Air Force

April 4, 2014

AFR has options for separating Airmen

Tags:
Senior Airman DEVANTE WILLIAMS
56th Fighter Wing Public Affairs

A 944th Security Forces Squadron Airman fires on the enemy March 3 during Combat Operations Readiness Training at Davis-Monthan Air Force Base. The Air Force Reserve works with active-duty Airmen to help with exercise-related missions. Active-duty Airmen at Luke Air Force Base interested in joining the Reserve should call Master Sgt. Brandi Corum, in-service recruiter, at 623-656-7002.

There are many Airmen who want to serve in the Air Force but don’t want to be on active duty anymore. Some Airmen want to get out and go to school but don’t want to lose their education benefits.

“The Air Force Reserve is an opportunity to serve on a part-time basis,” said Master Sgt. Brandy Corum, Reserve recruiter. “Airmen get the best of both worlds by being able to serve their country and be a civilian to complete their education.”

As a member of the Reserve, Airmen are automatically enrolled in the accredited Community College of the Air Force that offers 66 associate degrees in applied science programs. The CCAF is equivalent to an associate degree. One benefit of joining the Reserve is Airmen remain eligible for tuition assistance, making the post-9/11 GI Bill transferable to a family member.

For those Airmen who are looking to separate before their term is up, the Air Force has the Palace Chase program, which allows active-duty Airmen to serve the rest of their time in the Reserve. Under Palace Chase, Airmen must serve two years in the Reserve for every year of active duty they have remaining. For example, if an Airman wants to Palace Chase with two years left in his active-duty contract, he would have to serve in the Reserve for four years.

Once Airmen cross into the Reserve, they can choose to stay in their career field or cross-train. The Reserve has all the same jobs as the active-duty Air Force. The main difference is Reservists work on weekends instead of a full week. Jobs in the Reserve range from aircraft loadmaster to security forces.

“The best thing about joining the Air Force Reserve is that Airmen keep their benefits from their active-duty career,” Corum said. “From health care to commissary privileges, the benefits will follow Airmen to the Reserve.”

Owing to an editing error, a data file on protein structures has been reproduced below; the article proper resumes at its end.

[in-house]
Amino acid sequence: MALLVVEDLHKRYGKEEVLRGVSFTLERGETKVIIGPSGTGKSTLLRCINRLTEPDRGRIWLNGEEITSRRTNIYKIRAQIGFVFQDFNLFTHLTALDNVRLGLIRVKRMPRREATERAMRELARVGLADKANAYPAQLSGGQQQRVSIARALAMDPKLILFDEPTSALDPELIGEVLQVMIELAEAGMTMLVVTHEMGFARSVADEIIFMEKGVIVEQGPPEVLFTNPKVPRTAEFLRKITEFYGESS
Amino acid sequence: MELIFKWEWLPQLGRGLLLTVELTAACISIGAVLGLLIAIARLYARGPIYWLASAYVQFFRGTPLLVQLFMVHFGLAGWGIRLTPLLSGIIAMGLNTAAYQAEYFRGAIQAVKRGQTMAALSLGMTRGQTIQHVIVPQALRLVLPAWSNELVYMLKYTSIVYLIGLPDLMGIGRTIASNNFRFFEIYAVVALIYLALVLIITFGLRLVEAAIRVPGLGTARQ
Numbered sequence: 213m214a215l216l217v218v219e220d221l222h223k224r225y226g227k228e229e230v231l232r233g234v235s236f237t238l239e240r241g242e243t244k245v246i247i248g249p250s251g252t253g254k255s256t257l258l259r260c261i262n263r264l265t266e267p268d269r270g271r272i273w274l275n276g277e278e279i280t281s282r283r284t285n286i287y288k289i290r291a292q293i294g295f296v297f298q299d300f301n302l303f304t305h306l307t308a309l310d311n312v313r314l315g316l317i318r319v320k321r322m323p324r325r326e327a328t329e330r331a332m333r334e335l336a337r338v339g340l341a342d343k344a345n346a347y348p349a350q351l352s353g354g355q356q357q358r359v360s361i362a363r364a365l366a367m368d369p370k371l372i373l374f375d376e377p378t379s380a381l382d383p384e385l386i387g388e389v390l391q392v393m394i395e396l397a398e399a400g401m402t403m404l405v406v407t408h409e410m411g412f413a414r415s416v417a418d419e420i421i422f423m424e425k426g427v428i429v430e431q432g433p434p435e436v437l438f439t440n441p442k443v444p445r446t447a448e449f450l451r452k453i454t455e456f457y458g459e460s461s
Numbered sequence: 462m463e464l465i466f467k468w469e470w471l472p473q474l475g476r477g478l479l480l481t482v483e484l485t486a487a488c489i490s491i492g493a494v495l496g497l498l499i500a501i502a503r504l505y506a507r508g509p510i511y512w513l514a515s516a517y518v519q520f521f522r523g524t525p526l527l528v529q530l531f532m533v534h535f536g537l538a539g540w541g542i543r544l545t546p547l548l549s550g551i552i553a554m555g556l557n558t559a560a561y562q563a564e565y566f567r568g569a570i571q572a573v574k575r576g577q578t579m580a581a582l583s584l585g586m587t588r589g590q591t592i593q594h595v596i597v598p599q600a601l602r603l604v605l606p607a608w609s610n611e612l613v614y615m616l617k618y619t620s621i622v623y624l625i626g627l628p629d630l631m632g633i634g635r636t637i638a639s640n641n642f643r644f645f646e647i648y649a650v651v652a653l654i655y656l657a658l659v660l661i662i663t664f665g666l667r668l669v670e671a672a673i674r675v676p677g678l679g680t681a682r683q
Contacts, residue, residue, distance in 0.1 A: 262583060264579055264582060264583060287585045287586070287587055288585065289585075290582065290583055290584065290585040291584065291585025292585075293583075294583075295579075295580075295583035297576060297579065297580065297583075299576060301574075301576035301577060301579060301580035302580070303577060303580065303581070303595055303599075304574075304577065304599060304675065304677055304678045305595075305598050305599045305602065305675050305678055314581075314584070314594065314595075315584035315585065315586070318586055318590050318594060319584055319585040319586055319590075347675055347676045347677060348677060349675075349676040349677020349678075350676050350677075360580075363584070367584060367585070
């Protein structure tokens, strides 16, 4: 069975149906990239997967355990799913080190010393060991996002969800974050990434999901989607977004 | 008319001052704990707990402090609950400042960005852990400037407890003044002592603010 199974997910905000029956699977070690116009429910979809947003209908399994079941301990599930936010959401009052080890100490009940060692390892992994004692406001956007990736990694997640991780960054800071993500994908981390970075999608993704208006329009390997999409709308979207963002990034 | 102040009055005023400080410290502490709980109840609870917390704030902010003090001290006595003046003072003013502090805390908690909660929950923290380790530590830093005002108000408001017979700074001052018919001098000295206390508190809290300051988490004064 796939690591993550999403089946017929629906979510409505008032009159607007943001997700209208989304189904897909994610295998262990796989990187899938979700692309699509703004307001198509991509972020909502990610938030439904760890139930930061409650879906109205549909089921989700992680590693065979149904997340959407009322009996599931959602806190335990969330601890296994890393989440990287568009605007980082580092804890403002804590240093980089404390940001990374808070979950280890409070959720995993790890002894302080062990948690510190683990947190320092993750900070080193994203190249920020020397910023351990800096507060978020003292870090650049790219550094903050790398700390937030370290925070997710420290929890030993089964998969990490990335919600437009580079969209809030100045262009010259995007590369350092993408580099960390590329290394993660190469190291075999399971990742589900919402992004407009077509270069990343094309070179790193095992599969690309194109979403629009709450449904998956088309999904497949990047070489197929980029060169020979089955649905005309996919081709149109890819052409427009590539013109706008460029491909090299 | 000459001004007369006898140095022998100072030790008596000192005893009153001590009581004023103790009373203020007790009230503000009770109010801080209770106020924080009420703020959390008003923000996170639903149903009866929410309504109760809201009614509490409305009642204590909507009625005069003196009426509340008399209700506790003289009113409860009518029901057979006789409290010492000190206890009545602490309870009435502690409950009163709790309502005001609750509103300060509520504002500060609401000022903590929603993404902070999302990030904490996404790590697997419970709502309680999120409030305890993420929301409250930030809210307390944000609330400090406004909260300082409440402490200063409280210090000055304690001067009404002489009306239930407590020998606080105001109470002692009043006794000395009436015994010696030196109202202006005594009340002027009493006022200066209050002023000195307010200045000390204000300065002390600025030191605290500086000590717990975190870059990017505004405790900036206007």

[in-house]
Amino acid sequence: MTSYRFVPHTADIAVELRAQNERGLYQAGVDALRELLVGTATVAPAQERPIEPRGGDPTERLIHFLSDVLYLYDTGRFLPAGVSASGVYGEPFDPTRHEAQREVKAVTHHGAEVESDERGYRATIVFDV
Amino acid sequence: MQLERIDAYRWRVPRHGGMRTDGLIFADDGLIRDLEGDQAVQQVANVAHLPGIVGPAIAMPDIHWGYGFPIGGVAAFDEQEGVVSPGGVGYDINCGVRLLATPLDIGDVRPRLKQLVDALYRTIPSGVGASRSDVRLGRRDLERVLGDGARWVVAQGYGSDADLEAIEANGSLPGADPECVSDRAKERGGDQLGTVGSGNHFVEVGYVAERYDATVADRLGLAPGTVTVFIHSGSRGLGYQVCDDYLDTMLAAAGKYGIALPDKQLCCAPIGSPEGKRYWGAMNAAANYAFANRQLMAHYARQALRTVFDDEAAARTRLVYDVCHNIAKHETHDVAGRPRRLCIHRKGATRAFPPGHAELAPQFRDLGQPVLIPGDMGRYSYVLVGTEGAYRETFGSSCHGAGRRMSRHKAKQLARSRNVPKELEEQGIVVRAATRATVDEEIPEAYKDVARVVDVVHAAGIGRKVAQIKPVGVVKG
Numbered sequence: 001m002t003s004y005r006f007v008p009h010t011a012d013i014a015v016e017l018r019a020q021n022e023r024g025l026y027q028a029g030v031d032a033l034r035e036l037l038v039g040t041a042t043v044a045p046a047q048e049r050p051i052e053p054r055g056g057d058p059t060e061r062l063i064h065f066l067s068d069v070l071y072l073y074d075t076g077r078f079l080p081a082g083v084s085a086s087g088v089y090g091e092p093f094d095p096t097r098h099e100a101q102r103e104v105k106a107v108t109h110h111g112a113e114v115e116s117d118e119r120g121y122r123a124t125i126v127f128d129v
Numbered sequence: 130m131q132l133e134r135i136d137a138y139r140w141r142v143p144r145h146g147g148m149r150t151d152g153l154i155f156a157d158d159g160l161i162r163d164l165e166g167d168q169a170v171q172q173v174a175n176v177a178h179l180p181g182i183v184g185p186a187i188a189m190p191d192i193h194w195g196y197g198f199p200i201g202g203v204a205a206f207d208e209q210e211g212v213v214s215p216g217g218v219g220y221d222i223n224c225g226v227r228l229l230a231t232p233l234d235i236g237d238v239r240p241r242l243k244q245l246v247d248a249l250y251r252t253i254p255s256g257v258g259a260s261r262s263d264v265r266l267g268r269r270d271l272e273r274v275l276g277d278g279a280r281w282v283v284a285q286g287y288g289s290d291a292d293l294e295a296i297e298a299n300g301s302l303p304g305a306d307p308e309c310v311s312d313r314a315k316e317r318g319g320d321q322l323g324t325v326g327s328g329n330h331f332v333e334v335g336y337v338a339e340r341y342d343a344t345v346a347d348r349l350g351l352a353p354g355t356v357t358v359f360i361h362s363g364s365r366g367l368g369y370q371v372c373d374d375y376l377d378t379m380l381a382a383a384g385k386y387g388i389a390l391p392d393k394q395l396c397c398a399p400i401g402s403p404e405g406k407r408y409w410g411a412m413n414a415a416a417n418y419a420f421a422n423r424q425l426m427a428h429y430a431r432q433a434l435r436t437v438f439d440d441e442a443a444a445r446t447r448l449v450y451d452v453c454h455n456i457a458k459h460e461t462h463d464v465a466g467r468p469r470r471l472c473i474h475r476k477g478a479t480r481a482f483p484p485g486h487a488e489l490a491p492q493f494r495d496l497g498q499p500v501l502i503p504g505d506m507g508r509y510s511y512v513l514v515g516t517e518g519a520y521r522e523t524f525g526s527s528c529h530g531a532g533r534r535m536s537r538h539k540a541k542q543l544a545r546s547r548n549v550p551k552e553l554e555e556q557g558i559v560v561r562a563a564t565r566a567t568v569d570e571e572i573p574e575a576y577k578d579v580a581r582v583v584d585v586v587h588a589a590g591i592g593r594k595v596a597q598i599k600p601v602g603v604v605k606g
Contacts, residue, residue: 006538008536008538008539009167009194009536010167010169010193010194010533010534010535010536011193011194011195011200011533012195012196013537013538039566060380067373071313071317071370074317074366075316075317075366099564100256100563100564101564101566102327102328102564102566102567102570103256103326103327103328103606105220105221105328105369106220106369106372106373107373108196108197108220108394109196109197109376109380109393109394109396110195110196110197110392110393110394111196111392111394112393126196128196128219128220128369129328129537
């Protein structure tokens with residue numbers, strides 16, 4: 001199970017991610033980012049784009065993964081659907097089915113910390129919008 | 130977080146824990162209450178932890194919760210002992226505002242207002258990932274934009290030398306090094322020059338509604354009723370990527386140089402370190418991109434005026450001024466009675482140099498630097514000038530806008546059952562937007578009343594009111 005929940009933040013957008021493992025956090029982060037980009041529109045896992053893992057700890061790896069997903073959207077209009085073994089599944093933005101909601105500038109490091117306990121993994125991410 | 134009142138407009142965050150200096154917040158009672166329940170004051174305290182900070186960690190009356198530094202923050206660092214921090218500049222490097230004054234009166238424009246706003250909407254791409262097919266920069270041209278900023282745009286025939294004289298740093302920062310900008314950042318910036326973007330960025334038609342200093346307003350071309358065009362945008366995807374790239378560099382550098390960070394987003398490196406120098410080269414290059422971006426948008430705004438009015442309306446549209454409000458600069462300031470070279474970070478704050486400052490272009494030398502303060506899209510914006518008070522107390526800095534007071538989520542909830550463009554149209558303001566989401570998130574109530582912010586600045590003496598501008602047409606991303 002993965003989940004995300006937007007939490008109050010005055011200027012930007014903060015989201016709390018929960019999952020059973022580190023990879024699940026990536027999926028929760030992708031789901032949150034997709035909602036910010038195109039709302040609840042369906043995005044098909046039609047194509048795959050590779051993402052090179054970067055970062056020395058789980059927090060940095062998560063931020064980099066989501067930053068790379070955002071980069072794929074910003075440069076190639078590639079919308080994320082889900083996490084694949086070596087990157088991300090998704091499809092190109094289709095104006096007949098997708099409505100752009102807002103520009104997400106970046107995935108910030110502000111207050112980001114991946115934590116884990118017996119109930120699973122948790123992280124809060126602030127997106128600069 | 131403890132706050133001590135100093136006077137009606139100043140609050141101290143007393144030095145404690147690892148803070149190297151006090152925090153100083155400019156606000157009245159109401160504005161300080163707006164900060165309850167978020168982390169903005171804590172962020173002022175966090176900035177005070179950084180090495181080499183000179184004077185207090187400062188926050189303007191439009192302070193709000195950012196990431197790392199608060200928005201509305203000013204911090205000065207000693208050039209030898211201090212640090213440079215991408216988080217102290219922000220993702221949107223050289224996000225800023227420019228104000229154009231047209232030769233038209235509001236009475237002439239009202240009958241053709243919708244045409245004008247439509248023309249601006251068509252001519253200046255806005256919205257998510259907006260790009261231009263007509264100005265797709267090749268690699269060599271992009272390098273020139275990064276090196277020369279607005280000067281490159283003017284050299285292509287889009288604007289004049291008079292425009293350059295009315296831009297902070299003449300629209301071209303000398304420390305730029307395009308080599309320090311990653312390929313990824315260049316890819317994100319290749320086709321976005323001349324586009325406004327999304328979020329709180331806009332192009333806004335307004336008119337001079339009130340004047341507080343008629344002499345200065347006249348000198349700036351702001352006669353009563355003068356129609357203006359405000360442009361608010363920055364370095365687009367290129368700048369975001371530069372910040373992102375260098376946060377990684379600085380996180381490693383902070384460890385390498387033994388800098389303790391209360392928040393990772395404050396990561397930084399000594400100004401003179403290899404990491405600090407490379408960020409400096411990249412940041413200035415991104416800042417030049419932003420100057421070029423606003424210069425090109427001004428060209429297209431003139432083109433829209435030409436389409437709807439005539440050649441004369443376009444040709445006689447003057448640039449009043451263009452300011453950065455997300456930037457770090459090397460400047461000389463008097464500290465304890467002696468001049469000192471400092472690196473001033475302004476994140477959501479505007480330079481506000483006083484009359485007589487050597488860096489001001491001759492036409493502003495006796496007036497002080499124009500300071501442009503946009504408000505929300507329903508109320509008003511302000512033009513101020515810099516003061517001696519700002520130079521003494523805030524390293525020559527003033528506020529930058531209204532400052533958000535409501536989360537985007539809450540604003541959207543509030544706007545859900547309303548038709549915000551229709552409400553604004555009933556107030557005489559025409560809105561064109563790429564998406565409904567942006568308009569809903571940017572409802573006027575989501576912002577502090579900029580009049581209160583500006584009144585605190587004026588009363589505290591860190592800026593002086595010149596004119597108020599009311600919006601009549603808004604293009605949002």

During their time in the Reserve, Airmen will serve one weekend each month and two weeks of active duty annually. Also, they can often select the location where they will serve. The flexibility of the Reserve makes it easier for Airmen to complete their education and get their degrees with less stress.

Crossing over into the Reserve is an opportunity available for Airmen throughout the Air Force. The Reserve will help Airmen transition into the civilian world, while also keeping them military-minded.

Active-duty Airmen at Luke Air Force Base interested in joining the Reserve should call Master Sgt. Brandi Corum, in-service recruiter, at 623-656-7002.




All of this week's top headlines to your email every Friday.


 
 

 
Samuel Price

RMO, stakeholders keep eye on sky

Samuel Price The road used to get onto the Barry M. Goldwater Range lies beneath the running water July 9, 2014, that resulted from monsoon rains. With data from the additional recently installed weather stations, personnel wil...
 
 

Resource management — Doing more with less

Since I joined the Air Force in 1992, our manpower and resources have been gradually reduced with no obvious change to the mission we support. While this has been labeled “doing more with less,” I don’t believe we’re truly doing any more than we did when I entered the military 22 years ago. We seem...
 
 

Situational awareness

Throughout my career, the importance of situational awareness has been driven into my head. This became exceedingly clear to me when I landed in Tabuk, Saudi Arabia. It was March 17, 2003, about 48 hours until Operation Iraqi Freedom kicked off. We were busy building tents, making bunkers and preparing to execute the mission. Doing...
 

 

Air Force OSI agents prevent online exploitation of children

QUANTICO, Va. — Child sex crimes are not unique to any particular base but are a perpetual problem across the Air Force and society. Online exploitation of children continues to be a problem and is routinely investigated by the Air Force Office of Special Investigations. As part of this effort, AFOSI field units have partnered...
 
 

News Briefs February 27, 2015

MDG appointment line upgrade Patients calling the 56th Medical Group at 623-856-2273 Wednesday afternoon to schedule an appointment may reach a busy signal and may have to call back if all booking agents are on the line with other callers. The queue function allowing patients to wait on hold for the next available booking agent...
 
 

Airmen get T-bolts to give blood, win award

Tech. Sgt. Alisa Frisch, 56th Medical Group unit training manager, and Capt. Sharlott Uriarte, 56th Medical Support Squadron, were among the top 3 percent of award-winning blood drive coordinators recently honored by United Blood Services, earning a Hero Award for providing the largest impact on the blood supply. Of the 1,080 organizations that sponsored blood...
 




0 Comments


Be the first to comment!


Leave a Reply

Your email address will not be published. Required fields are marked *

You may use these HTML tags and attributes: <a href="" title=""> <abbr title=""> <acronym title=""> <b> <blockquote cite=""> <cite> <code> <del datetime=""> <em> <i> <q cite=""> <strike> <strong>


Directory powered by Business Directory Plugin